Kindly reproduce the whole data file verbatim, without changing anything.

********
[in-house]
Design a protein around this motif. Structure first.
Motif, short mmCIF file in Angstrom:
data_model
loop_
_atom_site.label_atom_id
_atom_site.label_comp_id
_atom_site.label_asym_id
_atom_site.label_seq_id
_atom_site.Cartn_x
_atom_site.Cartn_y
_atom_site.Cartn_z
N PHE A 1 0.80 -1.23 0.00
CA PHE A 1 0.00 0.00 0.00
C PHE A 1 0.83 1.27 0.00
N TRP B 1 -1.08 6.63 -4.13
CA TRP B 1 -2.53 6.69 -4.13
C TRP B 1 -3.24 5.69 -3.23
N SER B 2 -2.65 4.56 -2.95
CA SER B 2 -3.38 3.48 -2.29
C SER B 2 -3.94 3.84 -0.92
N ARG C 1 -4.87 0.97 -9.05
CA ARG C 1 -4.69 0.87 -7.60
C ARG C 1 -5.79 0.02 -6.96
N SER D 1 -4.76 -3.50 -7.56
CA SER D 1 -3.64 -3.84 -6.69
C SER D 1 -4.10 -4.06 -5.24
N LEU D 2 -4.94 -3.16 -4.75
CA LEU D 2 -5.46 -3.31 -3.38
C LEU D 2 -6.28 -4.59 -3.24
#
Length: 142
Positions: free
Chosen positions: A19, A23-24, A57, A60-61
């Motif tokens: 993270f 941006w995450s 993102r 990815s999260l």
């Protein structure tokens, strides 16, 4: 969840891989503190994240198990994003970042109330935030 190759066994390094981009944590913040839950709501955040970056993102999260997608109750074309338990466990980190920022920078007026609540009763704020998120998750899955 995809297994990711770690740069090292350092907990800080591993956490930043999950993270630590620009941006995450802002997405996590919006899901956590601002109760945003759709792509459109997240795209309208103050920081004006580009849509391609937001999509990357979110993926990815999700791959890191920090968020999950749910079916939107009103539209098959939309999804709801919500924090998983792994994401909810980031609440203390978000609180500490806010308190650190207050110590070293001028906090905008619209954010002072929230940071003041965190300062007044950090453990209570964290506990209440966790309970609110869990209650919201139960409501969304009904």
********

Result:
[in-house]
Design a protein around this motif. Structure first.
Motif, short mmCIF file in Angstrom:
data_model
loop_
_atom_site.label_atom_id
_atom_site.label_comp_id
_atom_site.label_asym_id
_atom_site.label_seq_id
_atom_site.Cartn_x
_atom_site.Cartn_y
_atom_site.Cartn_z
N PHE A 1 0.80 -1.23 0.00
CA PHE A 1 0.00 0.00 0.00
C PHE A 1 0.83 1.27 0.00
N TRP B 1 -1.08 6.63 -4.13
CA TRP B 1 -2.53 6.69 -4.13
C TRP B 1 -3.24 5.69 -3.23
N SER B 2 -2.65 4.56 -2.95
CA SER B 2 -3.38 3.48 -2.29
C SER B 2 -3.94 3.84 -0.92
N ARG C 1 -4.87 0.97 -9.05
CA ARG C 1 -4.69 0.87 -7.60
C ARG C 1 -5.79 0.02 -6.96
N SER D 1 -4.76 -3.50 -7.56
CA SER D 1 -3.64 -3.84 -6.69
C SER D 1 -4.10 -4.06 -5.24
N LEU D 2 -4.94 -3.16 -4.75
CA LEU D 2 -5.46 -3.31 -3.38
C LEU D 2 -6.28 -4.59 -3.24
#
Length: 142
Positions: free
Chosen positions: A19, A23-24, A57, A60-61
């Motif tokens: 993270f 941006w995450s 993102r 990815s999260l």
């Protein structure tokens, strides 16, 4: 969840891989503190994240198990994003970042109330935030 190759066994390094981009944590913040839950709501955040970056993102999260997608109750074309338990466990980190920022920078007026609540009763704020998120998750899955 995809297994990711770690740069090292350092907990800080591993956490930043999950993270630590620009941006995450802002997405996590919006899901956590601002109760945003759709792509459109997240795209309208103050920081004006580009849509391609937001999509990357979110993926990815999700791959890191920090968020999950749910079916939107009103539209098959939309999804709801919500924090998983792994994401909810980031609440203390978000609180500490806010308190650190207050110590070293001028906090905008619209954010002072929230940071003041965190300062007044950090453990209570964290506990209440966790309970609110869990209650919201139960409501969304009904």